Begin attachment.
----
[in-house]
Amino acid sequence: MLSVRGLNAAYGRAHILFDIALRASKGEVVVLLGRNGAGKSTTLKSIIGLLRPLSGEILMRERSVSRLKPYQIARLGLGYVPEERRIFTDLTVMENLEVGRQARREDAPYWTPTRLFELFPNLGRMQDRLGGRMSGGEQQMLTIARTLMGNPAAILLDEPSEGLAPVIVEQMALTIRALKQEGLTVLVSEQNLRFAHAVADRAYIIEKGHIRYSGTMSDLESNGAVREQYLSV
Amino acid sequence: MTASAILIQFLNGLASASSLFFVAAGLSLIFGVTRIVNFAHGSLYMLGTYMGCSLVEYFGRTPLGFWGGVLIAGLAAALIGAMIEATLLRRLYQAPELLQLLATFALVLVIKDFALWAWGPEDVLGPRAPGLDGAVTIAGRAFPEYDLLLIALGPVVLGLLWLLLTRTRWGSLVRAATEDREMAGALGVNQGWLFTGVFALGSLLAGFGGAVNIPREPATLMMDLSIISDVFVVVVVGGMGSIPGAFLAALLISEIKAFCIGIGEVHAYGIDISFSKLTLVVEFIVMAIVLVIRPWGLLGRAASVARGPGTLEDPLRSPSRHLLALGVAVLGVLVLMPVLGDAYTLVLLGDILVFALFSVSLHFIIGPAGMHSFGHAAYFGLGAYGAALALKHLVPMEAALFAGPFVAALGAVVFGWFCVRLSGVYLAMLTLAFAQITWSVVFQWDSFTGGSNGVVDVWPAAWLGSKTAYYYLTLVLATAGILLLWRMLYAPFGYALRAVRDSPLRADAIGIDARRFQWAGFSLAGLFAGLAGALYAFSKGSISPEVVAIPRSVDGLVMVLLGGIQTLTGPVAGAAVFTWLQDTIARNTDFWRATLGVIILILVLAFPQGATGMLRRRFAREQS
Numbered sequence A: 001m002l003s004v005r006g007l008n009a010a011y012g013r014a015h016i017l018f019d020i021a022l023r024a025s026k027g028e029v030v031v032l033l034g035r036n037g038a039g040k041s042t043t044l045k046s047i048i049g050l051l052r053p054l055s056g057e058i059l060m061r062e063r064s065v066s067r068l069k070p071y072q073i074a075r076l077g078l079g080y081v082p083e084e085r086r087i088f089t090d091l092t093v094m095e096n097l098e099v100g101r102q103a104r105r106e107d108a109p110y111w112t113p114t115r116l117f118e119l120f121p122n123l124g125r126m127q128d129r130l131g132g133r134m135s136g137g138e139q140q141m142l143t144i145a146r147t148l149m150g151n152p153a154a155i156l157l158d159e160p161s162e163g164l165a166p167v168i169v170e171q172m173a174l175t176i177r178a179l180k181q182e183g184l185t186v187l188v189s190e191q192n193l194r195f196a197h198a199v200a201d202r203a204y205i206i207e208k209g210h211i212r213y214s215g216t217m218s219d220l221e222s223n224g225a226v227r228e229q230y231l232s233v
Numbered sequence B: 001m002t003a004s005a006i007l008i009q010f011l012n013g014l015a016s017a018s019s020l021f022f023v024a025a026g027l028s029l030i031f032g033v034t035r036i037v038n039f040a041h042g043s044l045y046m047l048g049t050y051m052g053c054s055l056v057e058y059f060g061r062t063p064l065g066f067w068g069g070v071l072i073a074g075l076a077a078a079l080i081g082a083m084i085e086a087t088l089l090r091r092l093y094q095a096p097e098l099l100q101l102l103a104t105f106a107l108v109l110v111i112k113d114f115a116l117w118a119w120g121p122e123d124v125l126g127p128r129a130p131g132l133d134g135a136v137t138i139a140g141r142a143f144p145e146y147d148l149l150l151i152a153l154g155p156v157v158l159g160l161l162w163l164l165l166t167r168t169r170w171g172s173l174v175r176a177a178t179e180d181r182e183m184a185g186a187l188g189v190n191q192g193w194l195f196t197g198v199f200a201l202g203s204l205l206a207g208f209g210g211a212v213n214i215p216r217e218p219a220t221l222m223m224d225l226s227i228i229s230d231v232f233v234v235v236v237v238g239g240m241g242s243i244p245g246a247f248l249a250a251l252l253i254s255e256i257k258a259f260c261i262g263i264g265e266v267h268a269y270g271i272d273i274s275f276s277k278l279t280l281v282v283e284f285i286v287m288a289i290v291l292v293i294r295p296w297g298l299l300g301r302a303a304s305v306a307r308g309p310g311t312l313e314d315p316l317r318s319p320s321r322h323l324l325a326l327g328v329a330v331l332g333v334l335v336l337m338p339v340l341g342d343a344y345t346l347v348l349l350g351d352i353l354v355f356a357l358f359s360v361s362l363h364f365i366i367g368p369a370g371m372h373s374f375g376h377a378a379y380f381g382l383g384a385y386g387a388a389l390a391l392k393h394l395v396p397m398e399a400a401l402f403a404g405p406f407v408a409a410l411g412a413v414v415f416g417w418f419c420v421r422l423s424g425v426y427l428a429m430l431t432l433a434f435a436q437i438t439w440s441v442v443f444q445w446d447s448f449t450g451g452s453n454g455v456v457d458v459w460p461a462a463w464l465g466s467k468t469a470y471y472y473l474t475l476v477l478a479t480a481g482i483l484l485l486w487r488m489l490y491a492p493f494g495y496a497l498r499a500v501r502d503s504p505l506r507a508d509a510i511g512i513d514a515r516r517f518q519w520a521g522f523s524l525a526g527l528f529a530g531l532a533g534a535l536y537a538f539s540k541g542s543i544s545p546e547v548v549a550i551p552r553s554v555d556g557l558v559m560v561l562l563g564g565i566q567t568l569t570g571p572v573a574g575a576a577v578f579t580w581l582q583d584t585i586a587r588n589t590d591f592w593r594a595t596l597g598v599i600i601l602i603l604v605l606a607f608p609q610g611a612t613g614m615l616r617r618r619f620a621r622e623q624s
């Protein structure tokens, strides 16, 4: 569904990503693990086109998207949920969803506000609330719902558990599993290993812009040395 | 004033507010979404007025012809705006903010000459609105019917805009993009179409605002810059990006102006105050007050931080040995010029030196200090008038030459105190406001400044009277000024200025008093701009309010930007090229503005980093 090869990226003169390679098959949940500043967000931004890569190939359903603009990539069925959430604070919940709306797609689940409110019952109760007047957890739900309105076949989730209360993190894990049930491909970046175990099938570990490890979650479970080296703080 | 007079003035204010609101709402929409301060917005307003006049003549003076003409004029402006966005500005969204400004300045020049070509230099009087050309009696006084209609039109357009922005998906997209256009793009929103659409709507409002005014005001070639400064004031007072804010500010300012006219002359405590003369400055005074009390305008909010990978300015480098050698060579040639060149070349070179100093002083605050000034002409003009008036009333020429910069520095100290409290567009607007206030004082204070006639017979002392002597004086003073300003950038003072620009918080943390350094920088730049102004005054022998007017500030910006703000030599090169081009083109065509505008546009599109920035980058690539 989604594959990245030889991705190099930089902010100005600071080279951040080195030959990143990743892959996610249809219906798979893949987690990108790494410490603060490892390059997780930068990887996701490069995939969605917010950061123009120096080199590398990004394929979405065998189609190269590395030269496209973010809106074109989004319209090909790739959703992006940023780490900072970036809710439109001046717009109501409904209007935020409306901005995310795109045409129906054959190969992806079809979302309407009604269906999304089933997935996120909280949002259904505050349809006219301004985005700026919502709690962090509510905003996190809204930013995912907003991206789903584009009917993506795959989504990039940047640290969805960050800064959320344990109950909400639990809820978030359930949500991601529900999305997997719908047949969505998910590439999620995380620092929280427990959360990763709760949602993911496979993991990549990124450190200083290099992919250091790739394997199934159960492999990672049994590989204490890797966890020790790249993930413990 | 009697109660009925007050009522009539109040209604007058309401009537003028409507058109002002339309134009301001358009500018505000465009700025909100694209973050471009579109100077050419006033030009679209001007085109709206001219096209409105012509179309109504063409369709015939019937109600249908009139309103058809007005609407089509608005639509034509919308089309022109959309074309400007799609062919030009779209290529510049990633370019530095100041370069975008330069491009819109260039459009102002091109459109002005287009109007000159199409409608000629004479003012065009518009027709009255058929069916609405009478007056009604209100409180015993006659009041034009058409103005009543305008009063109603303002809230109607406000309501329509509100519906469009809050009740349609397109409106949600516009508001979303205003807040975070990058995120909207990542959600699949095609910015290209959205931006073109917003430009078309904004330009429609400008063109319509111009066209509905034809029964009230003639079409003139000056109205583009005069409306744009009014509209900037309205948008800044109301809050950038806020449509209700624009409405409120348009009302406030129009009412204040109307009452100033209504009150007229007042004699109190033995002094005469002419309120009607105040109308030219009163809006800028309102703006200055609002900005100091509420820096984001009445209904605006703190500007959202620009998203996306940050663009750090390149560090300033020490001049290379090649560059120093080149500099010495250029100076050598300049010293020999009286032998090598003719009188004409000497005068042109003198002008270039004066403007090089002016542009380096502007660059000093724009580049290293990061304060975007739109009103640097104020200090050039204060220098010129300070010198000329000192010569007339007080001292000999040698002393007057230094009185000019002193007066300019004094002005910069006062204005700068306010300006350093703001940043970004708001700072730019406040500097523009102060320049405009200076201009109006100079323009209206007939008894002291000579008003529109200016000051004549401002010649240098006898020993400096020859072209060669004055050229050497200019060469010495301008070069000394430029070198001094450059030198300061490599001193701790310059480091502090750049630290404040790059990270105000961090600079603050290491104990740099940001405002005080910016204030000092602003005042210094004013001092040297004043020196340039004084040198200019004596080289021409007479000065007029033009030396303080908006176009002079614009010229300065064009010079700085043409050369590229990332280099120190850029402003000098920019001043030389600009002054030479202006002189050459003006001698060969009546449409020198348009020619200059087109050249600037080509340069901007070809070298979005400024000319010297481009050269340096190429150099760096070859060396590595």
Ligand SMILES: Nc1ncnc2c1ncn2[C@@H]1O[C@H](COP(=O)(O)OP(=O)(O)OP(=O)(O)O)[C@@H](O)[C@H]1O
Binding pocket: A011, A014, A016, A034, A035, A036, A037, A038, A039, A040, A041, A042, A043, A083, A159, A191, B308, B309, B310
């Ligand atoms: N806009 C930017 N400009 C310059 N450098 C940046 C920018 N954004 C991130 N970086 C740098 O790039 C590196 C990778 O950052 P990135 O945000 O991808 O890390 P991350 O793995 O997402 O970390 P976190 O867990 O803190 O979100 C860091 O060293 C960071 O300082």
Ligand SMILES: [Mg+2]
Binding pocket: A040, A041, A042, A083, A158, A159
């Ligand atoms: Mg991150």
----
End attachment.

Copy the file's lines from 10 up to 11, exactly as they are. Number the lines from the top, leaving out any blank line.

Ligand SMILES: [Mg+2]
Binding pocket: A040, A041, A042, A083, A158, A159